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RVDA Fights to Save Dealer-Assisted Financing

Posted By RVBusiness On November 29, 2011 @ 12:43 pm In Breaking News | 1 Comment

The Federal Trade Commission’s (FTC) recent fact-finding roundtable on dealer lending practices signals that the commission may try to further regulate dealership financing.

According to a press release, the Recreation Vehicle Dealers Association (RVDA) and other dealer groups, including NADA, firmly “believe that consumers already have adequate protections and that more regulatory barriers to vehicle financing would hurt the RV industry and the overall economy.”

RVDA said that the FTC is under intense pressure from consumer groups to more tightly regulate dealership financing. A major area of concern for RV dealers is the commission’s investigation into how dealership F&I departments generate revenue by marking up lender wholesale rates.

Rate markups are likely to be a priority for the newly created Consumer Finance Protection Bureau (CFPB). RVDA and its allies are deeply concerned that the bureau will indirectly regulate dealership compensation by pushing to establish a flat rate reimbursement policy on the banks it oversees. These banks in turn may be limited to compensating dealers with a flat rate for the transaction, rather than a percentage of the loan.

RVDA will keepĀ dealers updated on this important issue through email alerts and RV Executive Today. For more information click here.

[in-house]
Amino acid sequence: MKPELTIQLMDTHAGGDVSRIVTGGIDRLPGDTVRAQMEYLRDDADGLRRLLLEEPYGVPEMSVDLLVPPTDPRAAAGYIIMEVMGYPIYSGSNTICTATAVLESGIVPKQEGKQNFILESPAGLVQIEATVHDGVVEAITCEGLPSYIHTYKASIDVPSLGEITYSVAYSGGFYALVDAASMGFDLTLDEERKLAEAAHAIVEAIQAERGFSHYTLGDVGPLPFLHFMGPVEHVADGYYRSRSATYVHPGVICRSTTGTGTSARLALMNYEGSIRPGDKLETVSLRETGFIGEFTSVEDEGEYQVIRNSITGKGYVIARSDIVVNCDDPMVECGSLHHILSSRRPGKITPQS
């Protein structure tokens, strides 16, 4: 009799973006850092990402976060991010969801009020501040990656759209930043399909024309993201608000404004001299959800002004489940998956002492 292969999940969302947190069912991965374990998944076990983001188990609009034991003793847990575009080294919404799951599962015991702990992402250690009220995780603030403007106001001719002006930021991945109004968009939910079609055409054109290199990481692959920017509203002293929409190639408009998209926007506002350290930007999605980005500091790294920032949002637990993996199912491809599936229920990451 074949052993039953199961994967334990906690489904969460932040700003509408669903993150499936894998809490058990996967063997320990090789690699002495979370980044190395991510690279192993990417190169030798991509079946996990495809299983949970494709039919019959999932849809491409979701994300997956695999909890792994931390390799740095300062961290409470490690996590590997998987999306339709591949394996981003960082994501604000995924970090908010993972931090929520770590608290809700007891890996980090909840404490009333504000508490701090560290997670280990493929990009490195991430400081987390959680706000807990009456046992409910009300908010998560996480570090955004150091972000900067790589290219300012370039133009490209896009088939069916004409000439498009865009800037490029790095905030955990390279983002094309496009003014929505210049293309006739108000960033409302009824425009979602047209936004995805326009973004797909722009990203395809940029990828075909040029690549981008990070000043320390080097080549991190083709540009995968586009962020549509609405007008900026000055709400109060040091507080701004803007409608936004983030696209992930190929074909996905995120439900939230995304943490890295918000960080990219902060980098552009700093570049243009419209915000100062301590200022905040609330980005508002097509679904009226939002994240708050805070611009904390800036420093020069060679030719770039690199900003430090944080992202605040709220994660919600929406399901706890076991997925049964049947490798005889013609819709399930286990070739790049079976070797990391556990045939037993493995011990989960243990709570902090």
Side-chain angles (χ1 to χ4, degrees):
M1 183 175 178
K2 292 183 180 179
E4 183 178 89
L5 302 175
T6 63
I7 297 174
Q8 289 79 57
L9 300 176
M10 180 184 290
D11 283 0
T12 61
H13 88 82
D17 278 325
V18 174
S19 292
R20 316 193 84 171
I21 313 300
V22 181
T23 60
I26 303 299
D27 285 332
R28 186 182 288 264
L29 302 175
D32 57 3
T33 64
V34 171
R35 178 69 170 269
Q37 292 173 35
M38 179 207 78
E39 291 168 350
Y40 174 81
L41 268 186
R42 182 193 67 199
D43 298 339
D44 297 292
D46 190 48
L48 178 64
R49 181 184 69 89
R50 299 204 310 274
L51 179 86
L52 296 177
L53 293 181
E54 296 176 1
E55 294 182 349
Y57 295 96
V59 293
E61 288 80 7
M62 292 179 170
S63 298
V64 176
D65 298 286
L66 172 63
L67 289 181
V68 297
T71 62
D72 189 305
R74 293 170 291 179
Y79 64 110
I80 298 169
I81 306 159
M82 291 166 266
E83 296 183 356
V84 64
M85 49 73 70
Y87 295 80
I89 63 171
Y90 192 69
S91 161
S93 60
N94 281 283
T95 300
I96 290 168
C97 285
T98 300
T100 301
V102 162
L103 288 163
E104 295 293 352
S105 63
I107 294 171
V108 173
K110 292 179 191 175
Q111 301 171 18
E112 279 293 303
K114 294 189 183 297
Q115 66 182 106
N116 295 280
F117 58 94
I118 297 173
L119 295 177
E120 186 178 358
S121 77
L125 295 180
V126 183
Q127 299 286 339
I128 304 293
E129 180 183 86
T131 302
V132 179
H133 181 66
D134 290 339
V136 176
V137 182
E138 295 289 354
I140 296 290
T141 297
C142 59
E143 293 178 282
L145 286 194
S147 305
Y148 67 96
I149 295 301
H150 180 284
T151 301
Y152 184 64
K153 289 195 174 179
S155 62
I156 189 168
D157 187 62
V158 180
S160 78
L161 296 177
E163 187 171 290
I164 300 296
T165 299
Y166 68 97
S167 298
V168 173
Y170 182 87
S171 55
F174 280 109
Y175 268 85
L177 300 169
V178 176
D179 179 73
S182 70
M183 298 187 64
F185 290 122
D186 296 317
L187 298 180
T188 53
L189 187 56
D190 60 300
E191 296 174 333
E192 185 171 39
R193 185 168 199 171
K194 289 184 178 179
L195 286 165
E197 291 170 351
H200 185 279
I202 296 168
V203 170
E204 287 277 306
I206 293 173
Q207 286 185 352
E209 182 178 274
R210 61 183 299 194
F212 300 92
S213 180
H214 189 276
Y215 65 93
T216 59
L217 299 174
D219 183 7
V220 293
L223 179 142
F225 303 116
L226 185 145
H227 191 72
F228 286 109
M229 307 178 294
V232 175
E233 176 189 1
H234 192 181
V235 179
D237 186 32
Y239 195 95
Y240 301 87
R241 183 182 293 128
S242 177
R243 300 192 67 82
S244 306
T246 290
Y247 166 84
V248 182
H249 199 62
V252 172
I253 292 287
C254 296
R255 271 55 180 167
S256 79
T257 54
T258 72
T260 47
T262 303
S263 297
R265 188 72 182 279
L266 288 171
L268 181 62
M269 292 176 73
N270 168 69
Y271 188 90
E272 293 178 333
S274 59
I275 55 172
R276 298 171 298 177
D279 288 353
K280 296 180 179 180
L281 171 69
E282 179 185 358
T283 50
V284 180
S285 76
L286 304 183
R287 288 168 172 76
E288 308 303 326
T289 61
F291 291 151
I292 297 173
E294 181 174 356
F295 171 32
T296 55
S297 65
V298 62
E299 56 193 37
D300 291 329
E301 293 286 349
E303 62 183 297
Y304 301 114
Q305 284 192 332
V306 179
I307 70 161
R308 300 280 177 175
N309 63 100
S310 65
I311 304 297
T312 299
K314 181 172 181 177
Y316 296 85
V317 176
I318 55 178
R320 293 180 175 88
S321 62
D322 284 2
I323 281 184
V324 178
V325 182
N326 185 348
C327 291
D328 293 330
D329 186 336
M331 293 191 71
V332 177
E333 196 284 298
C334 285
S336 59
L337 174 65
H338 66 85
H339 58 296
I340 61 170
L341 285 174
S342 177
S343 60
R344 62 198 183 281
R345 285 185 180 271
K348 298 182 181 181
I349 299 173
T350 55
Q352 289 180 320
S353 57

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1 Comment To "RVDA Fights to Save Dealer-Assisted Financing"

#1 Comment By John Eldridge On November 30, 2011 @ 12:34 pm

As a consultant to the financing end of the RV business, I would have have to say the vast majority of dealers do an excellent job of keeping the interest rates to the customer well in line with rates the customer could arrange if they got the loan themselves. While RV dealers are paid a per centage of the amount financed mark up on the rate, it is not the same as an auto dealer which is paid on the spread of the rate. It is an apples and oranges comparison. In any business competition dictates what you are able to charge and still capture the business. With more credit unions offering RV financing as well as other lending institutions that do not offer indirect financing, dealers are not able to generate income from financing as they had been able to in some years.
Many dealers no longer have an active F&I department and have had to take a reduction in that department as far as income for the entire dealership. It makes better sense for the government to look into other things that do not effect a segment of the economy already hurting from the overall economic picture, say for example why banks are paying nothing for saving but charging 13% plus for credit card rates. If you want to protect the consumer, that is the place to look.


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